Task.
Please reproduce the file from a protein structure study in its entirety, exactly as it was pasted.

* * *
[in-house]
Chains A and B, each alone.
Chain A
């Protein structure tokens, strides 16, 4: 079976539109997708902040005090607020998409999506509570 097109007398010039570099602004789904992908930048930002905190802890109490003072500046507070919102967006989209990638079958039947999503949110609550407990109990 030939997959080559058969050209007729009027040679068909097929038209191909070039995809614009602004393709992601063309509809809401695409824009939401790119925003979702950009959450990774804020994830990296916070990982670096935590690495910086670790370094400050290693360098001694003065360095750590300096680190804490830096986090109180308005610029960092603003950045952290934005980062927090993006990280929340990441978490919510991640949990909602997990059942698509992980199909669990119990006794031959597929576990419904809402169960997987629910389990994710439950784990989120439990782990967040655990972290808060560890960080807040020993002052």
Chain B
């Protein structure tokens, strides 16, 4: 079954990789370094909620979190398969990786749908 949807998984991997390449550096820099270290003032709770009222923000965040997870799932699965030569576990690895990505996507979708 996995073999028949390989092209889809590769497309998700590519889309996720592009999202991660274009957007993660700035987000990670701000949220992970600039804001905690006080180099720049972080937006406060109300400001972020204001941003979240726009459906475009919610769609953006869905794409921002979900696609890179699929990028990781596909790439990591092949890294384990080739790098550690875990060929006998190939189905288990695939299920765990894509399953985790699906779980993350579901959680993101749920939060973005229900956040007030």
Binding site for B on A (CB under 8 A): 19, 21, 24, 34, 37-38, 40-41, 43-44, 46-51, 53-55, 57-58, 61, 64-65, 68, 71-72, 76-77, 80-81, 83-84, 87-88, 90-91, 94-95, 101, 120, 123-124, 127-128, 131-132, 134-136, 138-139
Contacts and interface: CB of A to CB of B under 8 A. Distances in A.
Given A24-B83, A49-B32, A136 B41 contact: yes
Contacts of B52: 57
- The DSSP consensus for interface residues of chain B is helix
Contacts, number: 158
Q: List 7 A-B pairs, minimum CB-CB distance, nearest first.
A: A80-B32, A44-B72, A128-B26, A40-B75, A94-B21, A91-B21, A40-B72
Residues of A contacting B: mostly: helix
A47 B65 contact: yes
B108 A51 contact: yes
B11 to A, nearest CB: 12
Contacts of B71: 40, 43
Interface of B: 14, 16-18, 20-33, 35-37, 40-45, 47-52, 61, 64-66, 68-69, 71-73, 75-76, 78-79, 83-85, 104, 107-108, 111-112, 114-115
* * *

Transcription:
[in-house]
Chains A and B, each alone.
Chain A
């Protein structure tokens, strides 16, 4: 079976539109997708902040005090607020998409999506509570 097109007398010039570099602004789904992908930048930002905190802890109490003072500046507070919102967006989209990638079958039947999503949110609550407990109990 030939997959080559058969050209007729009027040679068909097929038209191909070039995809614009602004393709992601063309509809809401695409824009939401790119925003979702950009959450990774804020994830990296916070990982670096935590690495910086670790370094400050290693360098001694003065360095750590300096680190804490830096986090109180308005610029960092603003950045952290934005980062927090993006990280929340990441978490919510991640949990909602997990059942698509992980199909669990119990006794031959597929576990419904809402169960997987629910389990994710439950784990989120439990782990967040655990972290808060560890960080807040020993002052």
Chain B
């Protein structure tokens, strides 16, 4: 079954990789370094909620979190398969990786749908 949807998984991997390449550096820099270290003032709770009222923000965040997870799932699965030569576990690895990505996507979708 996995073999028949390989092209889809590769497309998700590519889309996720592009999202991660274009957007993660700035987000990670701000949220992970600039804001905690006080180099720049972080937006406060109300400001972020204001941003979240726009459906475009919610769609953006869905794409921002979900696609890179699929990028990781596909790439990591092949890294384990080739790098550690875990060929006998190939189905288990695939299920765990894509399953985790699906779980993350579901959680993101749920939060973005229900956040007030």
Binding site for B on A (CB under 8 A): 19, 21, 24, 34, 37-38, 40-41, 43-44, 46-51, 53-55, 57-58, 61, 64-65, 68, 71-72, 76-77, 80-81, 83-84, 87-88, 90-91, 94-95, 101, 120, 123-124, 127-128, 131-132, 134-136, 138-139
Contacts and interface: CB of A to CB of B under 8 A. Distances in A.
Given A24-B83, A49-B32, A136 B41 contact: yes
Contacts of B52: 57
- The DSSP consensus for interface residues of chain B is helix
Contacts, number: 158
Q: List 7 A-B pairs, minimum CB-CB distance, nearest first.
A: A80-B32, A44-B72, A128-B26, A40-B75, A94-B21, A91-B21, A40-B72
Residues of A contacting B: mostly: helix
A47 B65 contact: yes
B108 A51 contact: yes
B11 to A, nearest CB: 12
Contacts of B71: 40, 43
Interface of B: 14, 16-18, 20-33, 35-37, 40-45, 47-52, 61, 64-66, 68-69, 71-73, 75-76, 78-79, 83-85, 104, 107-108, 111-112, 114-115